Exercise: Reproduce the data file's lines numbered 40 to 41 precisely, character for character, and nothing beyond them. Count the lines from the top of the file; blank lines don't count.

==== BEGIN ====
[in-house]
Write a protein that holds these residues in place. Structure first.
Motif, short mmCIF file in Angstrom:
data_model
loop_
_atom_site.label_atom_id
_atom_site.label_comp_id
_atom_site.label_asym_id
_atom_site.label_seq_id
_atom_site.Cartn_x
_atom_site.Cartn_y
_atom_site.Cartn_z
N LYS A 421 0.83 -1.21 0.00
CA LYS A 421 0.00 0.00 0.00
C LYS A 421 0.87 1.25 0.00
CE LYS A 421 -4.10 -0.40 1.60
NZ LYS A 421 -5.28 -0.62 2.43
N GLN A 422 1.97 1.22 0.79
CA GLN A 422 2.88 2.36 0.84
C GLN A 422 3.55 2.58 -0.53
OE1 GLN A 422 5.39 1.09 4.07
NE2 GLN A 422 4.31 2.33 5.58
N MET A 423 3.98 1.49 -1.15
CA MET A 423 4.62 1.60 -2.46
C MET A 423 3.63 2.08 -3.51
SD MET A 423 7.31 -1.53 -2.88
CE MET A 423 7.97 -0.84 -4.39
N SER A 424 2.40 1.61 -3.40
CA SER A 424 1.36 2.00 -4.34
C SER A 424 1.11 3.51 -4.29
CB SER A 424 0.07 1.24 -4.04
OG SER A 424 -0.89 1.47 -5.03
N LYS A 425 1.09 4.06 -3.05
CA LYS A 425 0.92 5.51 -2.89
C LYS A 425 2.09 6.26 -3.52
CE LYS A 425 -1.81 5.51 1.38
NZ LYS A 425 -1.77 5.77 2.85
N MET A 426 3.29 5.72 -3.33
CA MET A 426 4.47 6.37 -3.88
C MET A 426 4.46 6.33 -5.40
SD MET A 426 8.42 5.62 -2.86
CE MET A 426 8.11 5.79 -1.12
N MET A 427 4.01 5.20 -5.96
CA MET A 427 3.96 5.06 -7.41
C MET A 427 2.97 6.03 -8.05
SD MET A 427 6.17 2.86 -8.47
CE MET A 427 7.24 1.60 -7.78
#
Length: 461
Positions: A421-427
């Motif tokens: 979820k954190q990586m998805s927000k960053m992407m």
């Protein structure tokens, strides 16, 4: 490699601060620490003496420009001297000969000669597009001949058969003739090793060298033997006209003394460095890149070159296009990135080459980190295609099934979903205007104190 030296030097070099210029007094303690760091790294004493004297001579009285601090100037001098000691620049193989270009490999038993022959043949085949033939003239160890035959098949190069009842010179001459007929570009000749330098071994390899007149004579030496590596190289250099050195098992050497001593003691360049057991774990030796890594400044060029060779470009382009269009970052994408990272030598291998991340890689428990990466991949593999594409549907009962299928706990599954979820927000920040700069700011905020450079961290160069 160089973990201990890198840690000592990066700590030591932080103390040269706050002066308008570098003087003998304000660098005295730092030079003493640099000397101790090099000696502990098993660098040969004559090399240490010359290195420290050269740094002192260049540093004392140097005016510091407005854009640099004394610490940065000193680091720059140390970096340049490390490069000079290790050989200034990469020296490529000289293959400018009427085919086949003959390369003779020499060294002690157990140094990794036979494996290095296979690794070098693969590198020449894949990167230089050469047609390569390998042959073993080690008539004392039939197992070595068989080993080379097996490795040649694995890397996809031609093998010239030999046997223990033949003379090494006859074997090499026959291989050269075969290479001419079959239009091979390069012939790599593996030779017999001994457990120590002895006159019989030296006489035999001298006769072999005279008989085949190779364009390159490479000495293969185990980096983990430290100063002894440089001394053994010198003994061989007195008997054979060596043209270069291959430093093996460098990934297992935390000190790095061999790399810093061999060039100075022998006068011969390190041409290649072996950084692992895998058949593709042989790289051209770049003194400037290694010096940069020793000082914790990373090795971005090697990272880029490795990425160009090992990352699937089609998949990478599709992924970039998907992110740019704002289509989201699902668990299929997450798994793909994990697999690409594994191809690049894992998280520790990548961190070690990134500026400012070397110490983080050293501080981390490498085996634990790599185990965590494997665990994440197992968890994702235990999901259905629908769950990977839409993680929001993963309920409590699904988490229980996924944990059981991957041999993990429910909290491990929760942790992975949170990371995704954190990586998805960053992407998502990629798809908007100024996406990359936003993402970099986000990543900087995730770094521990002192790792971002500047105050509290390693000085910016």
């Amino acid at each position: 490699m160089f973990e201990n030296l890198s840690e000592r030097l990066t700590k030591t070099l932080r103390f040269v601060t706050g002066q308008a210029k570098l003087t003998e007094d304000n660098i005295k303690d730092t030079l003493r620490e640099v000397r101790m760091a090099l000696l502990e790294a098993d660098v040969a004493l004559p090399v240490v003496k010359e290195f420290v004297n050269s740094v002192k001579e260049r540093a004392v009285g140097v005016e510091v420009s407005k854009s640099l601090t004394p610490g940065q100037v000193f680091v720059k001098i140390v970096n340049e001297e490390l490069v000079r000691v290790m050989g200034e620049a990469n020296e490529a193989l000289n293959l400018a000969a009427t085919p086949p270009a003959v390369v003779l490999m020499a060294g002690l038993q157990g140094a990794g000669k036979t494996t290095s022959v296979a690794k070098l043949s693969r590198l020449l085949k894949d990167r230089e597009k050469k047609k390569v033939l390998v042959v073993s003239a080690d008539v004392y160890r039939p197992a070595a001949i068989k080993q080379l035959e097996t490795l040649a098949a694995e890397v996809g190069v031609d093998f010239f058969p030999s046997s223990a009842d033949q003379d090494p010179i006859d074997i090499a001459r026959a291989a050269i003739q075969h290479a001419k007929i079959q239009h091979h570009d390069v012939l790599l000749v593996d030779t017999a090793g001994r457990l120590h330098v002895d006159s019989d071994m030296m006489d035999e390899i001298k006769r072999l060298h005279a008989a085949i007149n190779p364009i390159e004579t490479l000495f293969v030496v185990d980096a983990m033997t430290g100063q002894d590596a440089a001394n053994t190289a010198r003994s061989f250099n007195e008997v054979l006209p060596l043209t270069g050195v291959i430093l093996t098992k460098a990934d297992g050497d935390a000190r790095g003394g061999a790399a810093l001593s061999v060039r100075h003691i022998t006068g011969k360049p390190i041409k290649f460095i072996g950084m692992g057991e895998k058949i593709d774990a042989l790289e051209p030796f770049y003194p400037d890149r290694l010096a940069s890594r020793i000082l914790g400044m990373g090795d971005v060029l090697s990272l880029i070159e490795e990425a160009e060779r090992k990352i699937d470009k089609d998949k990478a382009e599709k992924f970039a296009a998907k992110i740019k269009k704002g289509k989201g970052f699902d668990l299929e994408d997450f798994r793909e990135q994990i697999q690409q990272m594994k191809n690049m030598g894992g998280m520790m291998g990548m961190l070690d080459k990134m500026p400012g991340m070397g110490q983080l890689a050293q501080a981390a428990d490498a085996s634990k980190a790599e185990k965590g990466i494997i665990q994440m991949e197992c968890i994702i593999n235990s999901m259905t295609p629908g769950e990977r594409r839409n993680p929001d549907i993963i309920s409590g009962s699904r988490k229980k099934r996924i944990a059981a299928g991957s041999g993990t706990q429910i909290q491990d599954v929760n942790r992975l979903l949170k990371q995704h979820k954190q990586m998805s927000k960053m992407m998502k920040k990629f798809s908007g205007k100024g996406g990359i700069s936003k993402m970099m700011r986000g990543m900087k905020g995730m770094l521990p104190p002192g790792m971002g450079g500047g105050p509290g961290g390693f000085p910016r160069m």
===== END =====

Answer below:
C MET A 426 4.46 6.33 -5.40
SD MET A 426 8.42 5.62 -2.86